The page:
However last december I forcefully started reading and after going through initial pages i got deeply absorbed. The narrative of desert lake and surrounding barren land is nicely put and vividly visualized. Also one would certainly like the long train journey across China. In a short span the author has narrated the land, the flood
Made for one o the most delicious reads, the travellogue was an exhilerating experience.
I think this is my new fav travelogue, which actually made me want to travel to China. (Rare occasion!) Seth's descriptions are so gentle and sometimes a little cutting yet somehow wonderstruck, and the slice of place and time he captures is so unique (Western China and Tibet in 1981), that reading each and every page of his is a joy.

I've read some bits of Vikram Seth - but this is the book that's made me want to tackle the massive behemoth that is A Suitable Boy.

Some choice quotations include:
I read the book before leaving for my trip to China. Like travel books by Bruce Chatwin, this is a classic. My travel was tame in comparison to Mr. Seth's. However, I could imagine about the travel he described through his incomparable language and wit as I was making my progress through southern China. A must read
Vikram Seth hitch-hikes through Xinjiang and Tibet and what's great is that the book isn't about that sensational feat. It isn't about how "off-the-beaten-path," "past the edge of the map," unconventional or risky his travel. It is about the journey and the people he meets. He has fascinatingly ordinary encounters with people living ordinary lives. These otherwise ordinary encounters are made remarkable because he is participant, rather than tourist, throughout them.
On part of the harrowing tru
Made me want to go on a long and aimless roadtrip, get in trouble with the police, and make strange friends. Either that, or I wanted to go make friends with Vikram Seth and bring him a big pot of vegetarian spaghetti or something. He's great on an aesthetic level, too.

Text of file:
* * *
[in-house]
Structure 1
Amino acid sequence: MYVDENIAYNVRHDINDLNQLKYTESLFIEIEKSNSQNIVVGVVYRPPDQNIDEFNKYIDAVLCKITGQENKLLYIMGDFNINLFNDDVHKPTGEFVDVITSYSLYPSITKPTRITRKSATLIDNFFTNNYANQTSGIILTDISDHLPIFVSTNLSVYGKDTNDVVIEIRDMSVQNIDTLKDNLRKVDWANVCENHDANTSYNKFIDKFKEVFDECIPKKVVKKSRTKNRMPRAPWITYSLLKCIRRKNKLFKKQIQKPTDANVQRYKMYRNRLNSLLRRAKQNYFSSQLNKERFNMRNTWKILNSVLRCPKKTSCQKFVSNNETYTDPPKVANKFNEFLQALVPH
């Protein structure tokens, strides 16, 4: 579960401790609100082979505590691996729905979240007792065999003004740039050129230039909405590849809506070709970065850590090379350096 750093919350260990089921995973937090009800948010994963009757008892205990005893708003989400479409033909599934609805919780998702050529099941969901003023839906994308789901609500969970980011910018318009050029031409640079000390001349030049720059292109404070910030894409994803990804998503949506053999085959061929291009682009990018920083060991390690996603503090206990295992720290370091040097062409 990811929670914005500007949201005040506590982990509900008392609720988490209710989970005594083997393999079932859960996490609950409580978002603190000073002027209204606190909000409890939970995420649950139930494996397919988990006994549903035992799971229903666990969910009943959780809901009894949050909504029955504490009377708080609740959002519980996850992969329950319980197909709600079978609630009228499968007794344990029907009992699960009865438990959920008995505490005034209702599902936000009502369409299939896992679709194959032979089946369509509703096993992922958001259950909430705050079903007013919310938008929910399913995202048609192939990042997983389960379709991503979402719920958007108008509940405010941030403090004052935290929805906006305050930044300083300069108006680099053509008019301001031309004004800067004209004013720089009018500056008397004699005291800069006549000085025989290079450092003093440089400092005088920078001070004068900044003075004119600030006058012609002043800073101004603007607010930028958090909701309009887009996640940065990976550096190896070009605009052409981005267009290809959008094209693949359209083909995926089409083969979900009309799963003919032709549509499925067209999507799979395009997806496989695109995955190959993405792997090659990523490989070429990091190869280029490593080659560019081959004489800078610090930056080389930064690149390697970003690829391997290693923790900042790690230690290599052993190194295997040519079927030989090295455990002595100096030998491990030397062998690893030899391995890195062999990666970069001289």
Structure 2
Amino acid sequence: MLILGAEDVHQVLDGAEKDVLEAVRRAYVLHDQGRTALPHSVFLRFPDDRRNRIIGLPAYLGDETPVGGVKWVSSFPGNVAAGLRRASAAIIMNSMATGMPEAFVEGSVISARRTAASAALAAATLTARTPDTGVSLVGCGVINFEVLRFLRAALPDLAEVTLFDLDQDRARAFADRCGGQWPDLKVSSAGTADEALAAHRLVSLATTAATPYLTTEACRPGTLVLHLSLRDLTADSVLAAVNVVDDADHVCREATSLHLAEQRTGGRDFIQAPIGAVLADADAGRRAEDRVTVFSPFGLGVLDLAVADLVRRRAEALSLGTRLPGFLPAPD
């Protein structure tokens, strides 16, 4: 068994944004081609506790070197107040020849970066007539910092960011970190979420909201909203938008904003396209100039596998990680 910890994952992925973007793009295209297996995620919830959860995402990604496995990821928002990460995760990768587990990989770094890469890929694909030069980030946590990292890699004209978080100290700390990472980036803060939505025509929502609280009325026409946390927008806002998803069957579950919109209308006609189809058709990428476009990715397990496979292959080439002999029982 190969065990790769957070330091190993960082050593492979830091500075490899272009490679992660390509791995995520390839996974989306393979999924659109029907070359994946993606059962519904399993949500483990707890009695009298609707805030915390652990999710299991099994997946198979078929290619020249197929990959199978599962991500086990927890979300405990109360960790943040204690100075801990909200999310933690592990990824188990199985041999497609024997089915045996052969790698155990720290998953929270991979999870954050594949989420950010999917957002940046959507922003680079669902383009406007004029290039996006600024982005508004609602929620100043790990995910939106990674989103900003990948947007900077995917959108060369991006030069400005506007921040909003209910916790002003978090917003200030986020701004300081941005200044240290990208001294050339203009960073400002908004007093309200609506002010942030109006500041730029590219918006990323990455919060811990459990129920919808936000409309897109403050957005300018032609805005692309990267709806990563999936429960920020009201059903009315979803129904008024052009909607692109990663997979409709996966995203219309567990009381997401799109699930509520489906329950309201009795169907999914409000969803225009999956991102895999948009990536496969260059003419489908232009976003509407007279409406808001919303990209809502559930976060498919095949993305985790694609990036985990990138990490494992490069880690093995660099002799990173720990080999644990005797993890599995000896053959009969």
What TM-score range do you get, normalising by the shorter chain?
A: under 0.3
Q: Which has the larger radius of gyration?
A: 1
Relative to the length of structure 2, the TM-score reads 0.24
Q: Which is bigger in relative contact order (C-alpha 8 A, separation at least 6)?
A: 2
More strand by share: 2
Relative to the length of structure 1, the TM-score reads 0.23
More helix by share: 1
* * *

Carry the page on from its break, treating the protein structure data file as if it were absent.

Relato del viaje del autor desde Dunhuang hasta Katmandú, atravesando el Tíbet a finales de los años 80. El autor, estudiante universitario durante la época, pasó un año en Nanking antes de emprender este viaje, lo que le permite conocer las costumbres de China, su cultura, historia e idioma. Eso le sirve para interaccionar con la población local y hacer de vez en cuando interesantes digresiones sobre el país y su relación con su India natal.
Es, en definitiva, un muy atractivo relato de viajes e
I have been wanting to read this book for a long time. In class 9th, the CBSE English textbook 'Beehive' contained a chapter named 'Kathmandu' which was an excerpt from the last chapter of this book: "Kathmandu;Delhi". I had always wondered about the details of Vikram Seth's complete journey, and now finally I was able to read it in detail!

The book is great, the details beautifully described. Although I'm not a fan of the author's lazy demeanor. Hey, this is a travel book! The main thing I notic